Patients were referred to AVR, if they suffered from isolated severe AS (peak velocity ≥4 m/s and mean pressure gradient ≥40 mmHg in the presence of normal left ventricular function, calculated valve area 2) and presented with symptoms (exertional dyspnea ≥ functional NYHA class II and/or exertional angina pectoris ≥ functional CCS class II and/or syncope) or with reduced left ventricular function (ejection fraction ≤50%) when asymptomatic. Patients with a need for additional coronary artery bypass grafting (CABG) at the time of aortic valve replacement were not excluded from the study. However, those who were primarily referred to surgery for CABG and additionally received an aortic prosthesis for non-severe AS were not enrolled. Patients with more than mild concomitant aortic regurgitation were also excluded.
In the present work, we evaluated the impact of patient- related parameters, such as aortic annulus diameter, left ventricular hypertrophy, body size, age and gender, as well as the influence of prosthesis type on the occurrence of PPM. In a cohort of consecutive patients referred to aortic valve replacement for isolated severe aortic stenosis (AS), PPM patients were older, more likely to be female and had smaller aortic annuli. However, only carriers of bioprosthetic valves and patients with smaller aortic root diameters were at increased risk for PPM in a multivariable regression analysis.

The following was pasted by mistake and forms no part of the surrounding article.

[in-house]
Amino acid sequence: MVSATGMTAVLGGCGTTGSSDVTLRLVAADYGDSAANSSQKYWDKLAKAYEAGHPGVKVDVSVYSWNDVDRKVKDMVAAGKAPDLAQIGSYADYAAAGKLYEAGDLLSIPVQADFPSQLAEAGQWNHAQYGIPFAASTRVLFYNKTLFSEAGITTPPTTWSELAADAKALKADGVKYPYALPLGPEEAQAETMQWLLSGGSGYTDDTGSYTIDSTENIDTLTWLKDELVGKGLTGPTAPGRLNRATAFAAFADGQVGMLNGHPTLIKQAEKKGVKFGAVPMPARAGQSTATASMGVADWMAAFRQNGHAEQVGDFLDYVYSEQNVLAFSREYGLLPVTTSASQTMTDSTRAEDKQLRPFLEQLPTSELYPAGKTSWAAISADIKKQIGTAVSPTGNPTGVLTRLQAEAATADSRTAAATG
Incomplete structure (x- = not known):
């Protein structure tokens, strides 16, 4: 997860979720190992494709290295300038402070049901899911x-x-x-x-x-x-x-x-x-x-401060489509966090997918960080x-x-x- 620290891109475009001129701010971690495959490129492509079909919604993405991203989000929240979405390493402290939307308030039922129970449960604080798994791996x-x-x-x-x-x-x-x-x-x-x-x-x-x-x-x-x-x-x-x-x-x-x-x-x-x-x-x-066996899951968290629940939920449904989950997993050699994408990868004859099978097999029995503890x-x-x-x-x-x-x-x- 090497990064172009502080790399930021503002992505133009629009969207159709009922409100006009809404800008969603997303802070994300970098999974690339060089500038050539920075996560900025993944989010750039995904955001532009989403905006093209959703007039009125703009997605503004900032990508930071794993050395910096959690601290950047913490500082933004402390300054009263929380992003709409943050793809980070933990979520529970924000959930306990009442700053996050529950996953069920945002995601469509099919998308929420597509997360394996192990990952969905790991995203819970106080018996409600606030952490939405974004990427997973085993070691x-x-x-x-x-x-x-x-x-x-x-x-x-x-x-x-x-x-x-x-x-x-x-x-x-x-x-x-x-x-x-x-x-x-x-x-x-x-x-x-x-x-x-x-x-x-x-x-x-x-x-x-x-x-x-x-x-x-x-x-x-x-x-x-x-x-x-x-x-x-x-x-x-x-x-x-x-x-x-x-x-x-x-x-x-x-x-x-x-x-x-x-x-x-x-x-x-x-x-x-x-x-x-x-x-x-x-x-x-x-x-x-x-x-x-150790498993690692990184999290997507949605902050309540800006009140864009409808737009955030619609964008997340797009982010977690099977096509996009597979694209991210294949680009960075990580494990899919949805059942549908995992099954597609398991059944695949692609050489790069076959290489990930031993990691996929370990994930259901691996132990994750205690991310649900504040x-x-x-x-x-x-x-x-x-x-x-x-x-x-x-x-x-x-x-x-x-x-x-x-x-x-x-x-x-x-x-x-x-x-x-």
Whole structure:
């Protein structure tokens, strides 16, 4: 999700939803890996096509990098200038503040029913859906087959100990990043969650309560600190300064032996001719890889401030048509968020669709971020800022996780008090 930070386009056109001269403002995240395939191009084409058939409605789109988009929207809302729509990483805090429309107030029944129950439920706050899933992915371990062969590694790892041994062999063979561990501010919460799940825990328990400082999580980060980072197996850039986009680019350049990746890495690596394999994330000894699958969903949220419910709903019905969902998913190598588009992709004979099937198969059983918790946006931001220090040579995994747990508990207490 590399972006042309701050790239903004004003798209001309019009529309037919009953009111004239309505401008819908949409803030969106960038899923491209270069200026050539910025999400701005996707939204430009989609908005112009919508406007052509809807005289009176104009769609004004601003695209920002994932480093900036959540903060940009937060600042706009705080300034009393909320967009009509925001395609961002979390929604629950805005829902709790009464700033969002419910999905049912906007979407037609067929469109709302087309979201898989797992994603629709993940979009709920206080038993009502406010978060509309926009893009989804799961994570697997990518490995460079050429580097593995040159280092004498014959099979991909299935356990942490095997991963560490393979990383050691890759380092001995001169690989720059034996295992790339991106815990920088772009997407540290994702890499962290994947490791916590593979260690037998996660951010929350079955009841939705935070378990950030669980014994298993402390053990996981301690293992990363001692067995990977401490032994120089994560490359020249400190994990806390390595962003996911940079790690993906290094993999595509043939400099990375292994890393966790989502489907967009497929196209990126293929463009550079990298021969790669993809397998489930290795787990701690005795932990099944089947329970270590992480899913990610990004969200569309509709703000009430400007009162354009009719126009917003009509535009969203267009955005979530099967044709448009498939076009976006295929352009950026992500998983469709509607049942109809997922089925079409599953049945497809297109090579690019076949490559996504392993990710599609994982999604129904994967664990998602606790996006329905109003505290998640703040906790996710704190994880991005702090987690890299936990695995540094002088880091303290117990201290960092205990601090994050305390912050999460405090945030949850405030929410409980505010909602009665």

Conventional aortic valve replacement (AVR) surgery has been in clinical use since 1960. Results, particularly in high-risk populations such as the very elderly and frail, continue to improve in response to the challenges posed by this growing segment of the patient population. Transcatheter aortic valve implantation (TAVI) is a fairly recent development, performed for the first time in 2002. The last decade has seen an exponential growth in the application of this technology in higher-risk populations. Results of recent randomized prospective trials demonstrate both the future promise and current problems of the TAVI approach. Many patients deemed inoperable for AVR have been treated successfully by TAVI. However, elevated procedural and late mortality rates, excessive early and late stroke, and a significant incidence of periprosthetic aortic valve insufficiency and patient-prosthesis mismatch all suggest caution in extending this technology to patients able to undergo conventional AVR with a low risk of early or late complications.